“An excuse you are fond of making whenever you want to perch on my roof to stalk someone.” Adazh gave him a chary look. “As I told you before, Den Asaan, that shoppe will not be open until later, so you might come down from there and spend your time enjoying the animation in the square instead of perching on my roof.”
“The shoppe will open soon,” Rautu bellowed. “The owner has the welcome sign in his hand.”
Adazh put down the teapot and smiled to himself. “I suppose he could not wait, knowing you would come.”
Rautu humphed and mantled over the awning.
“He will not make great business today, with all the other chocolatiers already having gained the market,” Adazh continued, glancing toward the market row, “but with your patronage, he might make his quotas for the day.”
Rautu could not hear; his attention was claimed by the bell of the chocolate shoppe, its tintinnabular tones summoning him to the front door, where the proprietor was just stepping out. He hummed to himself, fixing the welcome sign on the front window, fidgeting with it until it was just as he liked, and then, with a nod to Adazh, opened the door and went back inside, the peal of the bell as the door closed summoning the giant down from his perch, descending from the roof of the Errant Fox in a fritinancy of furs, his trappings shrouding him as he landed, slipping into the shoppe and out of sight before the door to the chocolatier had closed.
A knowing smile wreathed Adazh’s lips. The giant could not help himself, and there was all Adazh’s delight. He liked the giant—he must like anyone so eager to appreciate cenatory distinction—and though he could wish the giant would perch elsewhere for his scouting pursuits, that he should choose his establishment for scouting was a compliment he could use to his advantage. Anyone who admired the giant’s abilities and needed to be persuaded to spend a week’s pay on one dinner might be charmed into the Fox and out of their houses with one announcement. The Den Asaan’s stalking place did have its fascination, and he was already scheming how best to pronounce the Errant Fox a perfect place for perching.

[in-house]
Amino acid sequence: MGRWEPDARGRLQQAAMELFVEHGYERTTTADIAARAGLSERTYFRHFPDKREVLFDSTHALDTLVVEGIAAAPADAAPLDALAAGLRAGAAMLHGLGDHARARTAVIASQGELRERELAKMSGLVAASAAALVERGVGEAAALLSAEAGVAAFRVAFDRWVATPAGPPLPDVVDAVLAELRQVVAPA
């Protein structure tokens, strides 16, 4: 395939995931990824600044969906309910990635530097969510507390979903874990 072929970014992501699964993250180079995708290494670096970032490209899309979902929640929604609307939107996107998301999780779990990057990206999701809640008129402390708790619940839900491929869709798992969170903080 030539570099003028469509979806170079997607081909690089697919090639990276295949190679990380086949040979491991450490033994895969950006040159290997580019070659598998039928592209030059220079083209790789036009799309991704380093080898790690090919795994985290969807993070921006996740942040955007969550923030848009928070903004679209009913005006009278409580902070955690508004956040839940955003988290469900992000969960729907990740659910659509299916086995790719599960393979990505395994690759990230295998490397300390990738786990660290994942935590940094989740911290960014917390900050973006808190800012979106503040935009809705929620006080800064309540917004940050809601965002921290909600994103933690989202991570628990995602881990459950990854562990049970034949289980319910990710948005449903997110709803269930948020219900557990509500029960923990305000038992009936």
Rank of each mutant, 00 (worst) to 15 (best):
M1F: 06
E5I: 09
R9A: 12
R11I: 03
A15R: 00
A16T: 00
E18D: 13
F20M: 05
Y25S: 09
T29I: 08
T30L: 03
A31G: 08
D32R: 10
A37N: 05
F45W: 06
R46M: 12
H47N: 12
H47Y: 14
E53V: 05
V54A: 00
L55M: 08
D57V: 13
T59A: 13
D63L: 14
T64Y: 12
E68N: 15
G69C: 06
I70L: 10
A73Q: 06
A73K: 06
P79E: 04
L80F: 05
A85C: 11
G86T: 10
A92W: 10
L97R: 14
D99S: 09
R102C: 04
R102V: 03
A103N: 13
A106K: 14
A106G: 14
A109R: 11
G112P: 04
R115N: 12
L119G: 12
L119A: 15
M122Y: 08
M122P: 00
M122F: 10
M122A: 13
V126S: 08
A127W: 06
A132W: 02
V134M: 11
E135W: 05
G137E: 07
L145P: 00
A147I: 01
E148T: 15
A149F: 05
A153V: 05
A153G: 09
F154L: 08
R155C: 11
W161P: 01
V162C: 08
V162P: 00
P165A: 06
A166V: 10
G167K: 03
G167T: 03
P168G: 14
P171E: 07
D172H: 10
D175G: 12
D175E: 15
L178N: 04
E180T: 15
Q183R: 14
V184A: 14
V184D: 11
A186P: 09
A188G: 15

A waiter walking behind Adazh, who was come with all the rest of the silver to set the tables on the balcony, watched a large shadow plummet from the roof and slip out of sight on soundless feet. He backed against the balcony post and saw a shadow vanish from the landing below. “Was the Den Asaan on the roof again?” the waiter asked, peering over the railing.
“Who else would sit on our roof in the middle of the day?” Adazh shrugged.
The point was well-taken, and the waiter began dressing the tables.
“He has been secretly stalking that chocolatier for days,” Adazh continued. “I told him exactly when it would open, but the Den Asaan wanted to do his own investigation.”
“Good luck telling him anything…” the waiter murmured.
“I think they decided to open early just for him. Their mat hasn’t even been rolled out yet.” Adazh wiped down the teacups and put them in their silver casements. “I suppose it is always best to appease the most loyal customers first,” he observed, peering into the chocolatier’s window. “It is probably also wise to appease the Den Asaan while no one else is in the place. He is the best customer once he has been properly served, but if he feels slighted, he will stare at everyone and point his finger until he has his own way.”
“Doesn’t his manner bother you, sir?”
“No, not really,” said Adazh, after a moment’s pause. “I always like the petulant customers. They know what they like, and they are always the most devoted and generous when they find a place that knows how to tend to them.”